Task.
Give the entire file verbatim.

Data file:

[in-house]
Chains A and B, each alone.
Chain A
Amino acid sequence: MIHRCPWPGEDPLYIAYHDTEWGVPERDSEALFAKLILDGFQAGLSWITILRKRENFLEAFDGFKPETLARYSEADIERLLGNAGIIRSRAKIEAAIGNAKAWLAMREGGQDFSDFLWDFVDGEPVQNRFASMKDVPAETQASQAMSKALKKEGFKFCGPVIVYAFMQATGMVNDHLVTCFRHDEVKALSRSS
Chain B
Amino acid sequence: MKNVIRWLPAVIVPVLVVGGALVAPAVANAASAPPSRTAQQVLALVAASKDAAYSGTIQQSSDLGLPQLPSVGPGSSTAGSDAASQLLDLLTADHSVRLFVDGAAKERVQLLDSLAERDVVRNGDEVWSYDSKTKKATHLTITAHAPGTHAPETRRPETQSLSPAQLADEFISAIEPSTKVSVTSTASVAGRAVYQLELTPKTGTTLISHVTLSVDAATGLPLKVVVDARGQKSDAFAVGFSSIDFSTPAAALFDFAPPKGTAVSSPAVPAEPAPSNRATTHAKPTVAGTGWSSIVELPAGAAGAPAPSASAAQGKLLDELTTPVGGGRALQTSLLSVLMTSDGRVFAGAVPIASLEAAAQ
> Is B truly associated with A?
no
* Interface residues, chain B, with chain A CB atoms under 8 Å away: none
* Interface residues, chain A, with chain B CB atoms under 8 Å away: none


[in-house]
Chains A and B, each alone.
Chain A
Amino acid sequence: MIHRCPWPGEDPLYIAYHDTEWGVPERDSEALFAKLILDGFQAGLSWITILRKRENFLEAFDGFKPETLARYSEADIERLLGNAGIIRSRAKIEAAIGNAKAWLAMREGGQDFSDFLWDFVDGEPVQNRFASMKDVPAETQASQAMSKALKKEGFKFCGPVIVYAFMQATGMVNDHLVTCFRHDEVKALSRSS
Chain B
Amino acid sequence: MKNVIRWLPAVIVPVLVVGGALVAPAVANAASAPPSRTAQQVLALVAASKDAAYSGTIQQSSDLGLPQLPSVGPGSSTAGSDAASQLLDLLTADHSVRLFVDGAAKERVQLLDSLAERDVVRNGDEVWSYDSKTKKATHLTITAHAPGTHAPETRRPETQSLSPAQLADEFISAIEPSTKVSVTSTASVAGRAVYQLELTPKTGTTLISHVTLSVDAATGLPLKVVVDARGQKSDAFAVGFSSIDFSTPAAALFDFAPPKGTAVSSPAVPAEPAPSNRATTHAKPTVAGTGWSSIVELPAGAAGAPAPSASAAQGKLLDELTTPVGGGRALQTSLLSVLMTSDGRVFAGAVPIASLEAAAQ
> Is B truly associated with A?
no
* Interface residues, chain B, with chain A CB atoms under 8 Å away: none
* Interface residues, chain A, with chain B CB atoms under 8 Å away: none